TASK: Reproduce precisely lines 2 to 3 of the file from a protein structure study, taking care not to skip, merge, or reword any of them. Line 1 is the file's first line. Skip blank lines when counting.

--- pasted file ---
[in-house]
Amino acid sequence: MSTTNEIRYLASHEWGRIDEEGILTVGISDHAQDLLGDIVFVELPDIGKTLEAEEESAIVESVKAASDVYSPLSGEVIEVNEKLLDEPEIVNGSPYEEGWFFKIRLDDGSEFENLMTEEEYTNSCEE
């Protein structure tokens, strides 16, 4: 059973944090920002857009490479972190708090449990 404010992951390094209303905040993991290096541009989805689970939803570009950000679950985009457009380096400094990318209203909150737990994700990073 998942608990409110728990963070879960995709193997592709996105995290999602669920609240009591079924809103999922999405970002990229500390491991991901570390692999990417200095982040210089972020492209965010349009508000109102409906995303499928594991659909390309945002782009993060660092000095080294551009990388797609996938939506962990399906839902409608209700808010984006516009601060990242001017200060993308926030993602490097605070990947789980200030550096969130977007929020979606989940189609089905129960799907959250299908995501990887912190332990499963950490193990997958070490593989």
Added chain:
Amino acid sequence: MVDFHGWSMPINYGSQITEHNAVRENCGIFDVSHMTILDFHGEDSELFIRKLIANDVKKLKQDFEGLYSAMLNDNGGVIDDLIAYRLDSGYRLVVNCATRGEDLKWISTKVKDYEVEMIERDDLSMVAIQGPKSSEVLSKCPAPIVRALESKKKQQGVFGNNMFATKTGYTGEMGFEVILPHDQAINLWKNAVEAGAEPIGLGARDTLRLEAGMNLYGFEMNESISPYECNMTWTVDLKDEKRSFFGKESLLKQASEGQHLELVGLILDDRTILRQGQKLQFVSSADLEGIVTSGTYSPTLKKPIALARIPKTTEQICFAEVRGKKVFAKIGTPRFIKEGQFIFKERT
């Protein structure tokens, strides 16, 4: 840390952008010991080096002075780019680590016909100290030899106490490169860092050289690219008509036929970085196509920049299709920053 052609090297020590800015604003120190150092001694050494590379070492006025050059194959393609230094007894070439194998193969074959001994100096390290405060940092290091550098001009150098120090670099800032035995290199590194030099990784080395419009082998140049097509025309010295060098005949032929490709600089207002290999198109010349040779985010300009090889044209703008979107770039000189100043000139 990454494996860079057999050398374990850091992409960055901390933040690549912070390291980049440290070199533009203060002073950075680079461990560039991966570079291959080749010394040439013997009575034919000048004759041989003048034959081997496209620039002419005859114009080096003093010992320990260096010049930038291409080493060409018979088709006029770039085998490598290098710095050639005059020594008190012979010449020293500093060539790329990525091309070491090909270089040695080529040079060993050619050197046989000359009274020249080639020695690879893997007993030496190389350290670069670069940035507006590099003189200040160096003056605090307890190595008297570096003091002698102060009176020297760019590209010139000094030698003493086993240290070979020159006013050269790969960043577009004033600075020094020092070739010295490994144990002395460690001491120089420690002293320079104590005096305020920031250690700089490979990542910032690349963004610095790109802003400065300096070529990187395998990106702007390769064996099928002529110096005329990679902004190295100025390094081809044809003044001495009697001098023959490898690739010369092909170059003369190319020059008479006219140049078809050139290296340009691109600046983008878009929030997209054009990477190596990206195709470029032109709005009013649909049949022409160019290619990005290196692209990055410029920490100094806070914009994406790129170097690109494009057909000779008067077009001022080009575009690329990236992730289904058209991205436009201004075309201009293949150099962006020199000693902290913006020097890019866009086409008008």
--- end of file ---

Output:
Amino acid sequence: MSTTNEIRYLASHEWGRIDEEGILTVGISDHAQDLLGDIVFVELPDIGKTLEAEEESAIVESVKAASDVYSPLSGEVIEVNEKLLDEPEIVNGSPYEEGWFFKIRLDDGSEFENLMTEEEYTNSCEE
């Protein structure tokens, strides 16, 4: 059973944090920002857009490479972190708090449990 404010992951390094209303905040993991290096541009989805689970939803570009950000679950985009457009380096400094990318209203909150737990994700990073 998942608990409110728990963070879960995709193997592709996105995290999602669920609240009591079924809103999922999405970002990229500390491991991901570390692999990417200095982040210089972020492209965010349009508000109102409906995303499928594991659909390309945002782009993060660092000095080294551009990388797609996938939506962990399906839902409608209700808010984006516009601060990242001017200060993308926030993602490097605070990947789980200030550096969130977007929020979606989940189609089905129960799907959250299908995501990887912190332990499963950490193990997958070490593989």